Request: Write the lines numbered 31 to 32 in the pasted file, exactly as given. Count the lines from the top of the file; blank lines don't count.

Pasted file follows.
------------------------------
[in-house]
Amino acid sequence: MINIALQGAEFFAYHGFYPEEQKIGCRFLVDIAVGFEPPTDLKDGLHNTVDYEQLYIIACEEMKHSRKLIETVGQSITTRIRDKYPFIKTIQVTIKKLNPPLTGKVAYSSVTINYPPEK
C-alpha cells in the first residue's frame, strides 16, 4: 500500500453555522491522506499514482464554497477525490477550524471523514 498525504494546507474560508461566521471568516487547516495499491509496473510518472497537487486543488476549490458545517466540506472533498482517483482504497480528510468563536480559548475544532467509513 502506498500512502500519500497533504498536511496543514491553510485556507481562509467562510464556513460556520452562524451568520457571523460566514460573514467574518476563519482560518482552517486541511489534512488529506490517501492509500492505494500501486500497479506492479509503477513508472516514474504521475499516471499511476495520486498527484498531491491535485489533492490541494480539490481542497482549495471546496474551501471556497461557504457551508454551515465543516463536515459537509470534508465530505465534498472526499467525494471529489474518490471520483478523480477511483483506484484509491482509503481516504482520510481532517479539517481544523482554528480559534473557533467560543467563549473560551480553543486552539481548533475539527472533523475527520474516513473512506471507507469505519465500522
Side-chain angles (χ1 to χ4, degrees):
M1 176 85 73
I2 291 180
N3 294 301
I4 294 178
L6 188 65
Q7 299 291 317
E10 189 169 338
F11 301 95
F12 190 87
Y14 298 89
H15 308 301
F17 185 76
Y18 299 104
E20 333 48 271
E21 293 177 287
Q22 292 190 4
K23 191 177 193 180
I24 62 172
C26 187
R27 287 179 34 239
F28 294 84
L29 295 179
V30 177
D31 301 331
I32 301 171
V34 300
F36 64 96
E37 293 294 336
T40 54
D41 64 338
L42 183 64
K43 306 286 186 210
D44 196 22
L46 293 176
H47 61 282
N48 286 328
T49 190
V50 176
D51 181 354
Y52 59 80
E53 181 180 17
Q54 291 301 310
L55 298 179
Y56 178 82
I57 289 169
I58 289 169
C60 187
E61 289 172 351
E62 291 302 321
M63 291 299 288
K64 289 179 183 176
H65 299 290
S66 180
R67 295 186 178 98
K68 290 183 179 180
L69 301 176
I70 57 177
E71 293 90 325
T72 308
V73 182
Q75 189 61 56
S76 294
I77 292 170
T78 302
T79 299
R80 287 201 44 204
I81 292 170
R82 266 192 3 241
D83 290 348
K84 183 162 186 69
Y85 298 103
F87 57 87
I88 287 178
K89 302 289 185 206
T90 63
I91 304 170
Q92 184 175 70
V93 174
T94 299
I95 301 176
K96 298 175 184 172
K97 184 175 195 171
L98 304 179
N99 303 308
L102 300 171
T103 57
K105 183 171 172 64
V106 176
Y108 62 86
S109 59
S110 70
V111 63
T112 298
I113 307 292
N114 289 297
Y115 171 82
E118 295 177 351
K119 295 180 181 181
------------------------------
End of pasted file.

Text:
F36 64 96
E37 293 294 336